Sunday, August 31, 2008

Three Easy Edits

I’ve been editing the first draft of my new novel (Secrets to Die For), and I became aware of some changes I consistently make—for the better. I’ll share them here, in case you find them useful.

1. I get rid of the word “it” and replace it with the specific thing that I’m referring to, even if I just named that thing in the previous sentence. “Jackson reached for his Glock. The weapon felt heavy in his hand” is better than “Jackson reached for his Glock. It felt heavy in his hand.” In verbal communication, repetitive use of “it” may be acceptable, but in narrative writing such lack of clarity is ineffective and often confusing.

2. The same is true of overuse of pronouns. So I’ve also consistently replaced “she,” “he,” and “they” with the specific name of the character(s). Sometimes it feels too formal to use the character’s name three times in a paragraph, but if the character, say, a guy named Jack, is talking about the suspect, a guy named Vinnie, then referring to either of these guys as “he” can be confusing to the reader. This is a point that Stephen King makes in his great book On Writing.

3. The third most consistent edit I make is to tweak individual scenes so that they read like mini-stories, with mounting tension, a climax, and a conclusion. The exception to that structure are scenes at the end of chapters, which I often leave with a revelation, a hint of a revelation, or a great deal of uncertainty (aka, cliffhangers).


L.J. Sellers
author of the Wade Jackson mysteries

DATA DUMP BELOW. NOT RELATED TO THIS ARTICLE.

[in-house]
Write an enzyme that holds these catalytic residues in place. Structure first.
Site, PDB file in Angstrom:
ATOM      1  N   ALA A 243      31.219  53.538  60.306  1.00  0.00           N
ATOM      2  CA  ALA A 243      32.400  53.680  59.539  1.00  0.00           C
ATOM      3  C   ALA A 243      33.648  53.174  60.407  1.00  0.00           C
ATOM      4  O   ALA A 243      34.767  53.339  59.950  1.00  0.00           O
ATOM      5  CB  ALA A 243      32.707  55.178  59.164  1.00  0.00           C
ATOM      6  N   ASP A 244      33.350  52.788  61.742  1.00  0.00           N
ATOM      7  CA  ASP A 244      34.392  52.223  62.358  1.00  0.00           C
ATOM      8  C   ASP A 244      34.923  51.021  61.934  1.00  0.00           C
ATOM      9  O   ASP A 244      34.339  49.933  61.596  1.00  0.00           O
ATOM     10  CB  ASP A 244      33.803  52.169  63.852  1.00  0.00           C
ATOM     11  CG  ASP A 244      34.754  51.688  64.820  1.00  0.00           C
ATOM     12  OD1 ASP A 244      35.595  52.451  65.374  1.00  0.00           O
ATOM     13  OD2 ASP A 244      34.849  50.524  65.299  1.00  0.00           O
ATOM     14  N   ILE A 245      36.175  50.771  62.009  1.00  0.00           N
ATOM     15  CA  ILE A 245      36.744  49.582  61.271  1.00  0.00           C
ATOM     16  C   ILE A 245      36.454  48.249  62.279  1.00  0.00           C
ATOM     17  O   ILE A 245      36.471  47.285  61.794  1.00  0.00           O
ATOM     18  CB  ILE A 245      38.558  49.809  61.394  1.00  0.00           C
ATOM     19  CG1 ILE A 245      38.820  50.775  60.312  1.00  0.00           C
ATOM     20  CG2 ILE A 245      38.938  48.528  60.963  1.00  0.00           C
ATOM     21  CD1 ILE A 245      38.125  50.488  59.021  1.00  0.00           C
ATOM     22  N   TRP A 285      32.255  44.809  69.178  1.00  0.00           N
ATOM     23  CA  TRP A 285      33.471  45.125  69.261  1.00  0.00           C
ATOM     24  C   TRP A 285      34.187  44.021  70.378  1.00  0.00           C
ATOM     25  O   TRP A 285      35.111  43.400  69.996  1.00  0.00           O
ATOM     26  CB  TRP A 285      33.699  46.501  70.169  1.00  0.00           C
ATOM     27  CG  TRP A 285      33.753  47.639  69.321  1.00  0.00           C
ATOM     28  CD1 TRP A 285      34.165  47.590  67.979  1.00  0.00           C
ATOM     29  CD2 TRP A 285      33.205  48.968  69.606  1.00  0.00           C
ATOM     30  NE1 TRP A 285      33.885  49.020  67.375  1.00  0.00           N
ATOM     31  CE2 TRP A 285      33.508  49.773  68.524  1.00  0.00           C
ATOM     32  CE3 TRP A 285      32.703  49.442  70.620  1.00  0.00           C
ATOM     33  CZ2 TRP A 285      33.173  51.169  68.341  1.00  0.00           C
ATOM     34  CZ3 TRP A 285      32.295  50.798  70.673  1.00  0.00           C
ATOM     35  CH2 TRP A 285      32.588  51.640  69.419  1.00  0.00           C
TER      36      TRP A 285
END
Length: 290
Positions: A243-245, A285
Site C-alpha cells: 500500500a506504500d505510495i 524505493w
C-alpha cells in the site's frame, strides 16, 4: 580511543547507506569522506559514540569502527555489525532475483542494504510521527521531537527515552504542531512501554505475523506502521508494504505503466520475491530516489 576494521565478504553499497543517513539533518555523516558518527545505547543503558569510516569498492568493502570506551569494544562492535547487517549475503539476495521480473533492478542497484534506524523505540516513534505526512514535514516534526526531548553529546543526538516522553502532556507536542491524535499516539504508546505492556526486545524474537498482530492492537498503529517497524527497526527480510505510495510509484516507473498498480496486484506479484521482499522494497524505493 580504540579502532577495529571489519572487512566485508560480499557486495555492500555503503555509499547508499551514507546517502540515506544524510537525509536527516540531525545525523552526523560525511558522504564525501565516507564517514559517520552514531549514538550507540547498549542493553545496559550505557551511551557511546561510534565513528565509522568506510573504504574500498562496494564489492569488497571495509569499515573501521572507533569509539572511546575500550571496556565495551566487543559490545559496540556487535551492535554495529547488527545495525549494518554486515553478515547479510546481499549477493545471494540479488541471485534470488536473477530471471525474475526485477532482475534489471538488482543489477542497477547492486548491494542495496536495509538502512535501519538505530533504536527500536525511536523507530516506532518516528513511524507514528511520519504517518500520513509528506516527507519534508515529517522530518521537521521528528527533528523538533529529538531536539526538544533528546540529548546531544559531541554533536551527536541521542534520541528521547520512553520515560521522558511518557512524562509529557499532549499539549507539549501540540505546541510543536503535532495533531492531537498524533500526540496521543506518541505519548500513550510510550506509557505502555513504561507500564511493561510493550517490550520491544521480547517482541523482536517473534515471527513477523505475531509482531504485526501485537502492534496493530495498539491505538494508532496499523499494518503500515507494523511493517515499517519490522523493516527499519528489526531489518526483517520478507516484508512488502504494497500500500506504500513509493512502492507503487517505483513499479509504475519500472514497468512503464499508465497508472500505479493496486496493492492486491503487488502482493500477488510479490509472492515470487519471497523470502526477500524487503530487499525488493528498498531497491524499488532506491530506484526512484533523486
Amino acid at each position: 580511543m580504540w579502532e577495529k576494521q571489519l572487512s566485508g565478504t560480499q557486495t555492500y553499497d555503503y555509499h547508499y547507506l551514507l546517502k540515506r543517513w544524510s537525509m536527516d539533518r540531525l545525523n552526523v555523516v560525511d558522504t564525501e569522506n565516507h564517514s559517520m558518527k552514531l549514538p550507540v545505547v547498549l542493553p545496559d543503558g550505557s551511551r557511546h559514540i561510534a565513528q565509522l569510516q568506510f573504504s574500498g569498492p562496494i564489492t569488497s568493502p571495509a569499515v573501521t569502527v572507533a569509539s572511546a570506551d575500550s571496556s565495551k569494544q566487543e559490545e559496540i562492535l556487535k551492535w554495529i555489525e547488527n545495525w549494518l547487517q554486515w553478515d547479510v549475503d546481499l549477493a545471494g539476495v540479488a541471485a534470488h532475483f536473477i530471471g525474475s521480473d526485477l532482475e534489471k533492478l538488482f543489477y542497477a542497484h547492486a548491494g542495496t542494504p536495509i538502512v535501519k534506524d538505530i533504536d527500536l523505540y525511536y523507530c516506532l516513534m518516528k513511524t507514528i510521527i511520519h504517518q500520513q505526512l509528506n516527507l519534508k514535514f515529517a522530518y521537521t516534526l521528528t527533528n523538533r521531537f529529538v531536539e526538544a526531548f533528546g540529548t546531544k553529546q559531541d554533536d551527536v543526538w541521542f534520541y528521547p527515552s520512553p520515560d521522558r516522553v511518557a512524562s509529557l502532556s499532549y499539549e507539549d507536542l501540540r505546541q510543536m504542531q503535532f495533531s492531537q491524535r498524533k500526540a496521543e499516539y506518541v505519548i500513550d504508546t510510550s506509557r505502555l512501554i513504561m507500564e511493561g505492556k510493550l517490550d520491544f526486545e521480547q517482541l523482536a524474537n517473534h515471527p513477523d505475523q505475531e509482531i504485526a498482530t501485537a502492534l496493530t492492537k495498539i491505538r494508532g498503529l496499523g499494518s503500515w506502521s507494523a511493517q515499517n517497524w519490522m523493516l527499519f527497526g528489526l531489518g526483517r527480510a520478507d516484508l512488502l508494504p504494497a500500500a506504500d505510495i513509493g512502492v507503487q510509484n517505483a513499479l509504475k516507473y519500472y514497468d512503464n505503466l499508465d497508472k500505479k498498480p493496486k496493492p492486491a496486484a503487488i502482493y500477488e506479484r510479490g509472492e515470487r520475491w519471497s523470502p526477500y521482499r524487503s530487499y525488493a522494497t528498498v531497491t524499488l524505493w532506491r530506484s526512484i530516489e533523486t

1. L.J, you really nailed it with your suggestion about using "it" and with your third point, but I am not sure I totally agree with number two. I think the problem with pronouns is when they don't reflect back to the correct proper noun. Then it can be confusing and that needs to be clarified for the reader. But using the character names all the time instead of pronouns can be as jarring as using pronouns that don't reflect back to the right proper noun. In editing, I always make sure that the reflection is right, then the pronouns work. And I have had editors go through my manuscripts and replace character names with pronouns to avoid an overuse of the proper names.

  2. Thanks for some great tips, especially the clear noun to replace 'it'. I was told years ago by an editor to get rid of 'that' in most instances, which also makes the ms read more smoothly. I'll definitely be back and look forward to future tips and insights. Great idea for a blog, too btw.

    Romance writer, Loring Parks from Juicy Like An Apple.

  3. Good advice, L.J. And thanks for the link to Stephen King's book. I've been intending to order it. :)

  4. Love all of these, and number three is one I totally live by. Over the years, my writing has taken more of a TV, episodic spin to it, and my scenes are looking more like mini-stories with cliffhanger moves to the next scene...the next chapter.


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